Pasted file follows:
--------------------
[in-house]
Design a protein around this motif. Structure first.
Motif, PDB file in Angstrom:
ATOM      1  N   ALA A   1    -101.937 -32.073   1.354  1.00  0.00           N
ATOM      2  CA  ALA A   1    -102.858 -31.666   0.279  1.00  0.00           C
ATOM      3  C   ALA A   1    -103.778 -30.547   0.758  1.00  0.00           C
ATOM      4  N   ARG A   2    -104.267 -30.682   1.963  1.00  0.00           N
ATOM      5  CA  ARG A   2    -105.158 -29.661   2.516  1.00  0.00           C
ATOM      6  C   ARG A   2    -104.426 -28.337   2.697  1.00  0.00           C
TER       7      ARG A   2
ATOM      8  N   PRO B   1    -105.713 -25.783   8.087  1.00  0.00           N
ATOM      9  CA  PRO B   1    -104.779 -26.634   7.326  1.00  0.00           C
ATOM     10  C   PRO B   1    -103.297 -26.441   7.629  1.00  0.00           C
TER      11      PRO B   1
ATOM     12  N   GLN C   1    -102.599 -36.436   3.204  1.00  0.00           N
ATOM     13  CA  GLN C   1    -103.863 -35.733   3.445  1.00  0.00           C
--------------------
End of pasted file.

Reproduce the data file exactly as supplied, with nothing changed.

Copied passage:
[in-house]
Design a protein around this motif. Structure first.
Motif, PDB file in Angstrom:
ATOM      1  N   ALA A   1    -101.937 -32.073   1.354  1.00  0.00           N
ATOM      2  CA  ALA A   1    -102.858 -31.666   0.279  1.00  0.00           C
ATOM      3  C   ALA A   1    -103.778 -30.547   0.758  1.00  0.00           C
ATOM      4  N   ARG A   2    -104.267 -30.682   1.963  1.00  0.00           N
ATOM      5  CA  ARG A   2    -105.158 -29.661   2.516  1.00  0.00           C
ATOM      6  C   ARG A   2    -104.426 -28.337   2.697  1.00  0.00           C
TER       7      ARG A   2
ATOM      8  N   PRO B   1    -105.713 -25.783   8.087  1.00  0.00           N
ATOM      9  CA  PRO B   1    -104.779 -26.634   7.326  1.00  0.00           C
ATOM     10  C   PRO B   1    -103.297 -26.441   7.629  1.00  0.00           C
TER      11      PRO B   1
ATOM     12  N   GLN C   1    -102.599 -36.436   3.204  1.00  0.00           N
ATOM     13  CA  GLN C   1    -103.863 -35.733   3.445  1.00  0.00           C